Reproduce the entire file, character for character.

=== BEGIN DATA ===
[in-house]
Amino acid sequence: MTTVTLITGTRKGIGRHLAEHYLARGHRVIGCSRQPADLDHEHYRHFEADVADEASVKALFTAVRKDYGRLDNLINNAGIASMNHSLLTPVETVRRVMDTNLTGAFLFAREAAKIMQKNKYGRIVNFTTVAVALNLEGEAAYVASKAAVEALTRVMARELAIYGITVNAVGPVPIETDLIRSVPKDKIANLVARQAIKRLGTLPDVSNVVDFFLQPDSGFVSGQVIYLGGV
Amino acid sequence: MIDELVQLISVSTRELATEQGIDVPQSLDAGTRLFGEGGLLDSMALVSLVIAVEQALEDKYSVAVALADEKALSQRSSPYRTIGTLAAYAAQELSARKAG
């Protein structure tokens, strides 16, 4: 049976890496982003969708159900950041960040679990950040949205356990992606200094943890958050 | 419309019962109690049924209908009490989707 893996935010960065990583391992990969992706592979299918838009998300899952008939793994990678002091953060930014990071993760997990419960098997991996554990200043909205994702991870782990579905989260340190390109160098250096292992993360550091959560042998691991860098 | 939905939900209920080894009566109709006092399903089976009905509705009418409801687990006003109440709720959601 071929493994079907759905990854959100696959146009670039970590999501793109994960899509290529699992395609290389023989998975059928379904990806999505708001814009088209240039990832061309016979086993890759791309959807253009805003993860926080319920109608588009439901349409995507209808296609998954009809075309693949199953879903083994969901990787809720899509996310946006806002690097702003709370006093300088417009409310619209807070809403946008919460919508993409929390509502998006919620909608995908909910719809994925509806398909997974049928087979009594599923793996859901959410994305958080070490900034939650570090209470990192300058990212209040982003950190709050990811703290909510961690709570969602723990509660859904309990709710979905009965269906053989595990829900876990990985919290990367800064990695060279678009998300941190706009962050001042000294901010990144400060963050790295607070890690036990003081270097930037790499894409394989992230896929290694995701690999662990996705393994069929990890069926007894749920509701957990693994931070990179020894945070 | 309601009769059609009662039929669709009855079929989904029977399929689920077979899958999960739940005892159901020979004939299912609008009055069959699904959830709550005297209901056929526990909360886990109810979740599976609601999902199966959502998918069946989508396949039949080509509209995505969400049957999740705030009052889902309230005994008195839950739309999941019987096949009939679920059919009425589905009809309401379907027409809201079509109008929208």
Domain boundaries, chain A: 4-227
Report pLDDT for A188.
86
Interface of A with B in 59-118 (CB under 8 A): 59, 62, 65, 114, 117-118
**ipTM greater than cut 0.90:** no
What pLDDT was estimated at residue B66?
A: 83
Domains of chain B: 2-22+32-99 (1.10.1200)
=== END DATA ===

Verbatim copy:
[in-house]
Amino acid sequence: MTTVTLITGTRKGIGRHLAEHYLARGHRVIGCSRQPADLDHEHYRHFEADVADEASVKALFTAVRKDYGRLDNLINNAGIASMNHSLLTPVETVRRVMDTNLTGAFLFAREAAKIMQKNKYGRIVNFTTVAVALNLEGEAAYVASKAAVEALTRVMARELAIYGITVNAVGPVPIETDLIRSVPKDKIANLVARQAIKRLGTLPDVSNVVDFFLQPDSGFVSGQVIYLGGV
Amino acid sequence: MIDELVQLISVSTRELATEQGIDVPQSLDAGTRLFGEGGLLDSMALVSLVIAVEQALEDKYSVAVALADEKALSQRSSPYRTIGTLAAYAAQELSARKAG
């Protein structure tokens, strides 16, 4: 049976890496982003969708159900950041960040679990950040949205356990992606200094943890958050 | 419309019962109690049924209908009490989707 893996935010960065990583391992990969992706592979299918838009998300899952008939793994990678002091953060930014990071993760997990419960098997991996554990200043909205994702991870782990579905989260340190390109160098250096292992993360550091959560042998691991860098 | 939905939900209920080894009566109709006092399903089976009905509705009418409801687990006003109440709720959601 071929493994079907759905990854959100696959146009670039970590999501793109994960899509290529699992395609290389023989998975059928379904990806999505708001814009088209240039990832061309016979086993890759791309959807253009805003993860926080319920109608588009439901349409995507209808296609998954009809075309693949199953879903083994969901990787809720899509996310946006806002690097702003709370006093300088417009409310619209807070809403946008919460919508993409929390509502998006919620909608995908909910719809994925509806398909997974049928087979009594599923793996859901959410994305958080070490900034939650570090209470990192300058990212209040982003950190709050990811703290909510961690709570969602723990509660859904309990709710979905009965269906053989595990829900876990990985919290990367800064990695060279678009998300941190706009962050001042000294901010990144400060963050790295607070890690036990003081270097930037790499894409394989992230896929290694995701690999662990996705393994069929990890069926007894749920509701957990693994931070990179020894945070 | 309601009769059609009662039929669709009855079929989904029977399929689920077979899958999960739940005892159901020979004939299912609008009055069959699904959830709550005297209901056929526990909360886990109810979740599976609601999902199966959502998918069946989508396949039949080509509209995505969400049957999740705030009052889902309230005994008195839950739309999941019987096949009939679920059919009425589905009809309401379907027409809201079509109008929208």
Domain boundaries, chain A: 4-227
Report pLDDT for A188.
86
Interface of A with B in 59-118 (CB under 8 A): 59, 62, 65, 114, 117-118
**ipTM greater than cut 0.90:** no
What pLDDT was estimated at residue B66?
A: 83
Domains of chain B: 2-22+32-99 (1.10.1200)